Anyway - it would be good to get his impression o

  • Have you managed to get printing to work on Linux yet?

  • by DavidHumus (725117) on Wednesday March 05, 2014 @12:36PM (#46409251)

    Your stance on AGW seems to deny the error-correcting features of the scientific method.

    So which do you think is more likely: that AGW-deniers are primarily politically-motivated and don't give a crap about simple facts (like the greenhouse effect of CO2) or that the scientific method is deeply flawed?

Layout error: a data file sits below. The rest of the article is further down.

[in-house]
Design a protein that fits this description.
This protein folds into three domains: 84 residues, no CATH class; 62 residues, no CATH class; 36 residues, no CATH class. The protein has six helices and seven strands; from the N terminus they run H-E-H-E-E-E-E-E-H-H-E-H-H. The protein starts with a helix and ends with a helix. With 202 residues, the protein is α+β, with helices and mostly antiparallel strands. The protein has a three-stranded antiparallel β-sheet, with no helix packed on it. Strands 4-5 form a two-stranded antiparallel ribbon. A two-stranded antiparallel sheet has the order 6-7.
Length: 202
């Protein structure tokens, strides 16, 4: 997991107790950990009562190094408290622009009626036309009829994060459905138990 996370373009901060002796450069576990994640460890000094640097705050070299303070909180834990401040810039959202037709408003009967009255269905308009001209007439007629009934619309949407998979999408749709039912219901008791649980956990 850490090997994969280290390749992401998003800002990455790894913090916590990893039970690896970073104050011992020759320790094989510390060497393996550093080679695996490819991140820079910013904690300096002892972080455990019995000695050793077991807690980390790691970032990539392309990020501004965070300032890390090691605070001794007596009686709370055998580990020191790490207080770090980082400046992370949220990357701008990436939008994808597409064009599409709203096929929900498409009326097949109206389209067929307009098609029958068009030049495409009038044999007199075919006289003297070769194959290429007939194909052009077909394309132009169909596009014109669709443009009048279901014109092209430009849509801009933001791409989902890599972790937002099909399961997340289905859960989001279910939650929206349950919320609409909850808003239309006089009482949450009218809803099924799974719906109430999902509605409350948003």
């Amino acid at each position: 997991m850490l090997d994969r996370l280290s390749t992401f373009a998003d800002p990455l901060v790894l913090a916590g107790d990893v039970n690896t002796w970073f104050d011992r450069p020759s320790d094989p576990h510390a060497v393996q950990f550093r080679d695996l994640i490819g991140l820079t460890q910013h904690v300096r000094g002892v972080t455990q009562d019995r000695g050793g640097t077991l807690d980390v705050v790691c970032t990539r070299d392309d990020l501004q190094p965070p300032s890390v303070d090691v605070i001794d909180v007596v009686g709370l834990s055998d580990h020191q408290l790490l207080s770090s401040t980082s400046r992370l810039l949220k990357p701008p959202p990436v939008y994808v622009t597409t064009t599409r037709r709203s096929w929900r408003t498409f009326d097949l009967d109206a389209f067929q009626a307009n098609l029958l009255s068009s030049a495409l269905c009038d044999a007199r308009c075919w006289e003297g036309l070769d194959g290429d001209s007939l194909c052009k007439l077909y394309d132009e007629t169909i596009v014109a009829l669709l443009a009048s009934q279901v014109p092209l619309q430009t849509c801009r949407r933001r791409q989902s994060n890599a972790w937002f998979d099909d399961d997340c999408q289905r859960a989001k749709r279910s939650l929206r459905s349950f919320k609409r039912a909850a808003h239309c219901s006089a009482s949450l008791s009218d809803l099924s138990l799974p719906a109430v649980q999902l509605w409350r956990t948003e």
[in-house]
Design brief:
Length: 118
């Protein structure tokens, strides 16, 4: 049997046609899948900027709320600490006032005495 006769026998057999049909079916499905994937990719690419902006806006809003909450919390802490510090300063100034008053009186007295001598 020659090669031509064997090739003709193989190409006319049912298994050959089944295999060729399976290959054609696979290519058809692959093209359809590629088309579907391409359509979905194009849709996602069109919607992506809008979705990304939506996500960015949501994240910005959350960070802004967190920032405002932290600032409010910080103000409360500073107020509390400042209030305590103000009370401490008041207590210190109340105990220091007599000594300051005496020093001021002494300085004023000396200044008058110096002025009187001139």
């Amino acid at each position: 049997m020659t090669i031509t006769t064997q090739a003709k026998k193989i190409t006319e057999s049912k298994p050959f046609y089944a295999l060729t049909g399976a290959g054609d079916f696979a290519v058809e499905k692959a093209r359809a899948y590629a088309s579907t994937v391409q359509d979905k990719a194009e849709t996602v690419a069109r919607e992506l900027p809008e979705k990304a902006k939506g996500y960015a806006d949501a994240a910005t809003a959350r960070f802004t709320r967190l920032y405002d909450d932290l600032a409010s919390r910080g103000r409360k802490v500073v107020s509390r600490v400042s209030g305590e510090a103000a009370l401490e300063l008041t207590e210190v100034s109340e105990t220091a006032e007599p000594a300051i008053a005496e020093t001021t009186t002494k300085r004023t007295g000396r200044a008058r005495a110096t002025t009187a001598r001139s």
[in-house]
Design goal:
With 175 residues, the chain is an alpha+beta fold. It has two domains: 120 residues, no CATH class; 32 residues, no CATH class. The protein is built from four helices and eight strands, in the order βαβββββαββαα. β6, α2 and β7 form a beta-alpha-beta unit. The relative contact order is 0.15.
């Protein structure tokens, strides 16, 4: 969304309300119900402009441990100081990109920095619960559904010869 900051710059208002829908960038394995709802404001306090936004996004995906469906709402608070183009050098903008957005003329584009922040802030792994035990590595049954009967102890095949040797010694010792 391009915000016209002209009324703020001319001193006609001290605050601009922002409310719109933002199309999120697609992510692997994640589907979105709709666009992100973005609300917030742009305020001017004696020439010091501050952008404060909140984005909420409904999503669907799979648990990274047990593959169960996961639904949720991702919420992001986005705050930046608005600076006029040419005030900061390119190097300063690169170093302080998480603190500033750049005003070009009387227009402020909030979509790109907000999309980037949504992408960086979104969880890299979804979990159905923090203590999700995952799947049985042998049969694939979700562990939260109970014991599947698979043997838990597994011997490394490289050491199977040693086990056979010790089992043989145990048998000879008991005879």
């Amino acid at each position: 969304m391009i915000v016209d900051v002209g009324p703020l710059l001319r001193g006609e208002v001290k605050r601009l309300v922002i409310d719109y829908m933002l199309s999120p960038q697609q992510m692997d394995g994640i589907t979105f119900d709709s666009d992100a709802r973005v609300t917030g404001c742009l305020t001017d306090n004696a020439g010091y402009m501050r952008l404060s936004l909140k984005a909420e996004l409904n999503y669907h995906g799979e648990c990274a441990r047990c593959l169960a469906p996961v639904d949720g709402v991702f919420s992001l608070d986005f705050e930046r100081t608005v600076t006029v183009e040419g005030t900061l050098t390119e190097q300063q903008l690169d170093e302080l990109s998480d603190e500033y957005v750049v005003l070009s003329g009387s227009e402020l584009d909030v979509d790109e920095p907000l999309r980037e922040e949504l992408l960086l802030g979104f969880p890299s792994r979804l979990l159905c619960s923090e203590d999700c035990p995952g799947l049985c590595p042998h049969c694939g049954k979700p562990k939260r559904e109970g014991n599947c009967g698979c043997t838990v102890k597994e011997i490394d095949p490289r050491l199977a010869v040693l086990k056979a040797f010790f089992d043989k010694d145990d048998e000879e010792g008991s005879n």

• I know that you do not like GPLv3 due to the fact that you stated that it "punishes" those who use it. The question being, do you think that there is a way to influence large corporations, who have no intention of being a part of the Free Software Movement, without the use of licenses such as GPLv3? Also curious as to whether you have read the comic Everybody Loves Eric Raymond
  • It seems most questions were asked last Tue or Wed, and there's only, about three ESR responses I can find. Am I missing something?